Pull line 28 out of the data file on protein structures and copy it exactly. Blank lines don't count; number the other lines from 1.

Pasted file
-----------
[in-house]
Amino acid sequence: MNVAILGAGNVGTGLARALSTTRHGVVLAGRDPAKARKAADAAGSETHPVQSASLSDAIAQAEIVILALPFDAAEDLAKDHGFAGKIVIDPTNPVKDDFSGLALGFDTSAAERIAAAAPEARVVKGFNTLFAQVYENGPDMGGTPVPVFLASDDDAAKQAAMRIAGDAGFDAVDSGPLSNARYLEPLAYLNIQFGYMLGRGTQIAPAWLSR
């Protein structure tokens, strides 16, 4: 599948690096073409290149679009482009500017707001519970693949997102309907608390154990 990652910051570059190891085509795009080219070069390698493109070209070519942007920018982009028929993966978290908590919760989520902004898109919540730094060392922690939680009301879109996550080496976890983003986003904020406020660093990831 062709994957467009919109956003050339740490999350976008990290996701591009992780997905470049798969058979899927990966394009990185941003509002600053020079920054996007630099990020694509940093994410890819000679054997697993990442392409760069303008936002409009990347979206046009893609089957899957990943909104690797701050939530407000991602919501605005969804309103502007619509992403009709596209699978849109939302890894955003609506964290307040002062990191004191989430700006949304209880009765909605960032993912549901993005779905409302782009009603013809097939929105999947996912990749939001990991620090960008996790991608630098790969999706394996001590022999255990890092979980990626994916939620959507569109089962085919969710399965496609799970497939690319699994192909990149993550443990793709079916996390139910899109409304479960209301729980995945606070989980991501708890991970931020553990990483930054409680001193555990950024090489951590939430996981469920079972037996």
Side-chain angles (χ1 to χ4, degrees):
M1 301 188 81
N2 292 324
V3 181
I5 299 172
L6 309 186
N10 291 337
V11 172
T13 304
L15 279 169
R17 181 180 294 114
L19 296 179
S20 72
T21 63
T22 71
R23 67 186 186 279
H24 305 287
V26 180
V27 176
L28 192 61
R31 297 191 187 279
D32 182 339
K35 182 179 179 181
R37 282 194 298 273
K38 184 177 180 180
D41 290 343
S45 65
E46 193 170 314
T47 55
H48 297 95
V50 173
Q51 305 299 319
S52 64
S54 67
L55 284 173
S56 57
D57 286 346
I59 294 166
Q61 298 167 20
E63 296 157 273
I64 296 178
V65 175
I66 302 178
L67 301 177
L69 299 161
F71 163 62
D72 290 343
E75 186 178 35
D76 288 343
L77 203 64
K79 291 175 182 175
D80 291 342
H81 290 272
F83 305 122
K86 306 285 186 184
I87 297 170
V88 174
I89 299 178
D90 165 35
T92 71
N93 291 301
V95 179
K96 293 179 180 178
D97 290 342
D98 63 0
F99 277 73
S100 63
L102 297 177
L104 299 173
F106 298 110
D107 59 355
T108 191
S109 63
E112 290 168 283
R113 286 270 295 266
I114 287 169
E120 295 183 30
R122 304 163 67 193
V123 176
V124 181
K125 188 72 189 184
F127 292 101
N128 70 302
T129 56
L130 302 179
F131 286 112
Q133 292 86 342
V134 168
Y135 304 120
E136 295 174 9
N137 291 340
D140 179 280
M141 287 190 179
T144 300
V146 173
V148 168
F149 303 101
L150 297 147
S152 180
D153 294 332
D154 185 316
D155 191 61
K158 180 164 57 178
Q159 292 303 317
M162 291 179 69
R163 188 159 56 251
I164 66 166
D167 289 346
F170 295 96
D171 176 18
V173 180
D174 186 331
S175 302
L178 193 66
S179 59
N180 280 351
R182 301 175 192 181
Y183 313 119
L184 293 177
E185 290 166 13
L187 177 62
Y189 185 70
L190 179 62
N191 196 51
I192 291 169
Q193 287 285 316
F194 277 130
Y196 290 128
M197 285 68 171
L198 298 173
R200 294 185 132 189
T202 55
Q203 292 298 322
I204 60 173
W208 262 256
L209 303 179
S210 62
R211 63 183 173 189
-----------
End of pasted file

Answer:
K38 184 177 180 180